Every time the season changes the world seems to open up in a new way. Our perspectives change and the way we approach the world, even physically is different. Walking to work in the mornings I pass Central Park with its leaves ablaze and gently falling around me. Though I miss the longer days, it’s hard to lament the arrival of fall with all of its colorful bounty and more earthy beauty. Rather than bursting with life, the mornings feel pristine and enchanted. The best way to connect with it for me is through the humble magic of kitchen arts.
So much a part of that mystical feeling is the lore of mushrooms and mushroom hunting. In my fantasies I am a mushroom forager. I stomp through the thick blanket of forest wielding a knife with the elegant precision needed for such things. While I did grow up in a beautiful woodsy town with mushrooms everywhere, I never had the knowledge to figure out which mushrooms were poisonous. Instead, I rely on the farmers market where I met a couple who cultivates the best oyster mushrooms I’ve ever tasted out of Ithaca, NY. Maybe one day I’ll meet a mentor for wild mushroom foraging. Maybe one day when walking past the beautiful landscape outside of Boulud’s restaurants in the mornings, he’ll come out and say “Why don’t you come join me in the kitchen for a morning?”
Speaking of fantasyland, let me tell you where this recipe came from. As you may have read, I have a secret crush on someone in my apartment building based upon the books he or she has been leaving in the garbage. Could she be an older woman? A professional cook? A handsome gentleman? Then the thought occurred to me, “why is he/she throwing all of these great cookbooks out?” Well after a few weeks of mystery I got my answer this weekend. The woman in the apartment below me moved out. It was her! I had my suspicions, as I’ve seen her carrying pies before. I’ve smelled her searing meats and roasting chickens, but I could never be sure. As she was leaving I caught a glimpse of her large farmhouse table, which is honestly way too big for an apartment the size of ours, but it showed me where her priorities lied. I picked up one of the Food and Wine magazines that she left behind outside and found this perfectly seasonal recipe in it.
To honor the mushrooms of fall and the spectacular miracles that life likes to throw at you–like incredible kindred spirits and friendships that just missed each other–I made a dish that features mushrooms with my two favorite things: red wine and an entire head of roasted garlic drizzled with olive oil. I’ve been known to indulge in both vices with frequency. When I was a kid, my dad, my brother and I used to roast garlic heads and eat them straight from the oven. The garlic would emanate from our pores at night. My mom swore I’d never get a boyfriend if I kept eating garlic like that. A threat or the truth? I let my vanity get the best of me and stopped for a bit, but let the men carry on the tradition. We women seem to be a more forgiving lot.
While the recipe says this is a saute, I used my dutch oven for the whole thing then reduced the sauce at the end. I think it’s a superlative dish either way. So consider this my homage to a good cook making do in a tiny apartment (and who possibly moved to a bigger kitchen!). To fall. To light jackets and boots in the forest. Crisp air, sparkling mornings. To all who fly by the philosophy of incurring burned fingers by night and manicured hands by day. To surprises and to cultivating your dreams.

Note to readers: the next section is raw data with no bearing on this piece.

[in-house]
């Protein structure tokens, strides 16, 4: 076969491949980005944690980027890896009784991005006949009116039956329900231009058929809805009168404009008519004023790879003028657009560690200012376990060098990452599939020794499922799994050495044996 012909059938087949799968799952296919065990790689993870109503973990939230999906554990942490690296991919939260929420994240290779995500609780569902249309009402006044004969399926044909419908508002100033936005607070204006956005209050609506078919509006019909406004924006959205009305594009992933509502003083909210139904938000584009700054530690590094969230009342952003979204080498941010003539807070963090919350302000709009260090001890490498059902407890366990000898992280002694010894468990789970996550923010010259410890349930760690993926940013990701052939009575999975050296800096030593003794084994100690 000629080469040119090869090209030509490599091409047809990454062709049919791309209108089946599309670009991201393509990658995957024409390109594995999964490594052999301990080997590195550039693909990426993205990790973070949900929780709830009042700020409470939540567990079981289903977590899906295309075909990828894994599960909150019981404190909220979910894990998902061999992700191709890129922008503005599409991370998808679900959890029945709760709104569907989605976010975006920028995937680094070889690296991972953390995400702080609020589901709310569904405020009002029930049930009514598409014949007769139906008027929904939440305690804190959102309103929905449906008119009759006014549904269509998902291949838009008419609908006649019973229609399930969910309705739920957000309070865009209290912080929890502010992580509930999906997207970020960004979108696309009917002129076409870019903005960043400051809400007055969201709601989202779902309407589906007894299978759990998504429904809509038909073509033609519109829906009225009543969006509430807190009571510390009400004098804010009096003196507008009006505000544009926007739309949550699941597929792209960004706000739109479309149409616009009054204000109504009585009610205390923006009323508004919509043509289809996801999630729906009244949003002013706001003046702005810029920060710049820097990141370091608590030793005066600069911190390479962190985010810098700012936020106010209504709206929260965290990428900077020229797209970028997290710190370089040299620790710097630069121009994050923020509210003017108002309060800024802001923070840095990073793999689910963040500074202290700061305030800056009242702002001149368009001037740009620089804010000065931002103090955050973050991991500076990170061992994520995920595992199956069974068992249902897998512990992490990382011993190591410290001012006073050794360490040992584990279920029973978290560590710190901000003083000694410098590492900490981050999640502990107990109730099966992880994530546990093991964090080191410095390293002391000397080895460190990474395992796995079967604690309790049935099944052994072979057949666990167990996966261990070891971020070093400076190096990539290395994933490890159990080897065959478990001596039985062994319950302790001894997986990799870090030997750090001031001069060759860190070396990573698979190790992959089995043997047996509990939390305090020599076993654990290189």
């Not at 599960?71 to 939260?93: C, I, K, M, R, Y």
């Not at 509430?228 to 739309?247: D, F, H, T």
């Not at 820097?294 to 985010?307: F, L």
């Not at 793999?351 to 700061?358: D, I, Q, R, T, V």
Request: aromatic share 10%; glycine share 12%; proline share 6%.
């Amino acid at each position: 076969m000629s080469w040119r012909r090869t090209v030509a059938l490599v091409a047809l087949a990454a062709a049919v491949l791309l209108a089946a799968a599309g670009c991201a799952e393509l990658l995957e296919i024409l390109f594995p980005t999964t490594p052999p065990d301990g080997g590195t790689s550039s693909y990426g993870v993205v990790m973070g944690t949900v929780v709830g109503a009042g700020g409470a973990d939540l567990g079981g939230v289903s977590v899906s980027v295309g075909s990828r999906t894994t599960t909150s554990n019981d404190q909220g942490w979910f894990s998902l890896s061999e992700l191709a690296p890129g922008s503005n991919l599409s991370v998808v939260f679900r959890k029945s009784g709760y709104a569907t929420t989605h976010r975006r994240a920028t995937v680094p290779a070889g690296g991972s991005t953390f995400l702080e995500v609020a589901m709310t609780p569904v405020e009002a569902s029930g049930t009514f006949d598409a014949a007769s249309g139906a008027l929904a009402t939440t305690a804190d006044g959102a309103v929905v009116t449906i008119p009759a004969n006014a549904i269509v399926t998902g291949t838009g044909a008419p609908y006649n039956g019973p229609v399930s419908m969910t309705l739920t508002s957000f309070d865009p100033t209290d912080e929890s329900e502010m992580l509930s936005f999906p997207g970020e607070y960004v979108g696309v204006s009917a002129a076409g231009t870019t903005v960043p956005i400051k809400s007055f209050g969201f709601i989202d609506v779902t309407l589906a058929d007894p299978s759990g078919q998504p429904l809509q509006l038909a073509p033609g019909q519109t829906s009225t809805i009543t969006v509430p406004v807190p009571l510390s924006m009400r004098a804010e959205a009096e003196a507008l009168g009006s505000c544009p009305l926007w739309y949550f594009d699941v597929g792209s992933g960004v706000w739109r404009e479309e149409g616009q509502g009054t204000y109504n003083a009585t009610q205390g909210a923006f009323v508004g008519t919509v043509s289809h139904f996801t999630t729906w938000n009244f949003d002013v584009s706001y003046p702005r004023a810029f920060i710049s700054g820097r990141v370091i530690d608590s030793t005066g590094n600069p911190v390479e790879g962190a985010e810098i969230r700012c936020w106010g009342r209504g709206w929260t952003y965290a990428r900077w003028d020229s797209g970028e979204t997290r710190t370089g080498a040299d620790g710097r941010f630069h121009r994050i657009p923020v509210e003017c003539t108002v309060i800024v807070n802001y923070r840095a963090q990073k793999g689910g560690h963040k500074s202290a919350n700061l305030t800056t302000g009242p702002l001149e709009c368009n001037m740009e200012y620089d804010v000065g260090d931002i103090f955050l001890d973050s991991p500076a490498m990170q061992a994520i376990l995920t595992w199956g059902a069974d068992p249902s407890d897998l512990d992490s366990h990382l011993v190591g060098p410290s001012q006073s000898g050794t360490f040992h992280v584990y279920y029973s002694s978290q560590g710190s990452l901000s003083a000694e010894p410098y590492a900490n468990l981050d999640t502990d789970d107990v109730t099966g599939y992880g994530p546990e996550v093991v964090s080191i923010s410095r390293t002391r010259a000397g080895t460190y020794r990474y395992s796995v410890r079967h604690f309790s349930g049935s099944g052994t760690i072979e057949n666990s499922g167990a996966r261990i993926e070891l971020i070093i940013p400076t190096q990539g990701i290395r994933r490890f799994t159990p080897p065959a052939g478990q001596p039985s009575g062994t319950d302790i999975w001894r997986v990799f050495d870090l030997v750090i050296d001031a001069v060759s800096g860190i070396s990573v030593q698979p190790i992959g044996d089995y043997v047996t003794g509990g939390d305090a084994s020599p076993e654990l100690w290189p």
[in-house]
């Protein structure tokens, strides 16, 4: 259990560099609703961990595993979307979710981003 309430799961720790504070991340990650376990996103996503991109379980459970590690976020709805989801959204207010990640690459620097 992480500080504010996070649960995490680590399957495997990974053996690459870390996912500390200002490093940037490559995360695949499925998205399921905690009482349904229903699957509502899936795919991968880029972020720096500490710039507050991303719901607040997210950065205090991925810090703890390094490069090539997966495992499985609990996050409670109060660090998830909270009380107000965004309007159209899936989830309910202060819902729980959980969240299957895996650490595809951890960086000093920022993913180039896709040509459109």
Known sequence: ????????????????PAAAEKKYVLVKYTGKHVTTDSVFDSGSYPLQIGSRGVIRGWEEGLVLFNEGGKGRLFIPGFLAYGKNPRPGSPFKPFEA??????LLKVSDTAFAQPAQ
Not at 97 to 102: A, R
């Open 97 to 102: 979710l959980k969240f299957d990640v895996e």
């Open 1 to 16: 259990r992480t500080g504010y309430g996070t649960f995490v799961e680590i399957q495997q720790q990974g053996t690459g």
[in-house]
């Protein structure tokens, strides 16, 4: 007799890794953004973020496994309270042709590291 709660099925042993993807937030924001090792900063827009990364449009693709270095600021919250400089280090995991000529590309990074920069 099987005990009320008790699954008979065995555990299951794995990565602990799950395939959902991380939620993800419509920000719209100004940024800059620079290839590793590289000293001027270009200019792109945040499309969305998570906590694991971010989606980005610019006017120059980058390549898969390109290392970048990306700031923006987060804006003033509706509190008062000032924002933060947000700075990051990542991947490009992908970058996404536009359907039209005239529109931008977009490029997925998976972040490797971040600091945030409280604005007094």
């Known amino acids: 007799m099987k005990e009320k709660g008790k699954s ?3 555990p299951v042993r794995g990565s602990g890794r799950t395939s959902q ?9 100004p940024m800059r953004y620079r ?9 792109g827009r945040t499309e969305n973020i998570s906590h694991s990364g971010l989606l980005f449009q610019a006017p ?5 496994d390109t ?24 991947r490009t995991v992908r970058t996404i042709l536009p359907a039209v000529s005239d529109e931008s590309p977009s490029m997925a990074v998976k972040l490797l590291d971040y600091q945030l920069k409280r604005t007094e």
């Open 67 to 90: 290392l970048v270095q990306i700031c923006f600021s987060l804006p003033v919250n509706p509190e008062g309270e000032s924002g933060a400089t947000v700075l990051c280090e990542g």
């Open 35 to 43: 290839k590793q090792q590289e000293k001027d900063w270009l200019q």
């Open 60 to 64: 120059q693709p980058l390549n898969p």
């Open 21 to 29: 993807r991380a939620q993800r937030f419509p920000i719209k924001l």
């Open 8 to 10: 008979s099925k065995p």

Chicken, Wild Mushroom, Roasted Garlic & Red Wine Saute adapted from Food & Wine Magazine
- 1 large head of garlic, top fourth cut off
- 3 tablespoons extra-virgin olive oil, plus more for drizzling
- 1/2 cup dried porcini mushrooms
- 3/4 cup boiling water
- 1 1/2 pounds skinless boneless chicken thighs, cut into 2-inch pieces
- Salt and freshly ground pepper
- 1/2 pound assorted mushrooms, such as stemmed shiitake, cremini and oyster, quartered
- 1 tablespoon unsalted butter, plus 1 tablespoons chilled
- 2 large shallots, thinly sliced
- 1/4 cup dry red wine
- 1/2 cup chicken stock
- 2 medium tomatoes, cut into 1-inch dice
- 1 tablespoon chopped tarragon
- Crusty bread, for serving
Preheat the oven to 350°. Set the head of garlic on a double layer of foil, cut side up. Drizzle with olive oil, then wrap in the foil. Roast the garlic until very soft, about 1 hour and 30 minutes. Let cool, then peel, keeping the cloves intact.
Meanwhile, in a heatproof bowl, cover the porcini with the boiling water and let stand until softened, about 15 minutes. Rinse the porcini and coarsely chop them; reserve the soaking liquid.
In a dutch oven, heat 1 tablespoon of the olive oil. Season the chicken with salt and pepper and spread in a single layer in the skillet. Cook over high heat until browned on the bottom, about 4 minutes. Transfer to a bowl.
Add 1 tablespoon of the olive oil to the dutch oven. Add the assorted mushrooms and season with salt and pepper. Cover and cook over moderate heat, stirring a few times, until browned and their liquid has evaporated, about 5 minutes. Transfer the mushrooms to a plate.
In the dutch oven, melt the 1 tablespoon of butter in the remaining 1 tablespoon of olive oil. Add the shallots and cook over moderate heat, stirring, until softened, about 3 minutes. Add the red wine and boil over moderately high heat until reduced by half, about 2 minutes. Pour in the reserved porcini soaking liquid, stopping before you reach the grit at the bottom. Add the chicken stock, tomatoes, mushrooms, porcini, roasted garlic and chicken and bring to a simmer. Remove from the heat. Add the tarragon and season with salt and pepper. Swirl in the 1 tablespoons of chilled butter.
When it’s all mixed together, Pour the sauce into another pan over high heat and reduce it by half, until it’s thick. Separate the chicken into serving plates or bowls and spoon sauce over chicken.
Serve with crusty bread.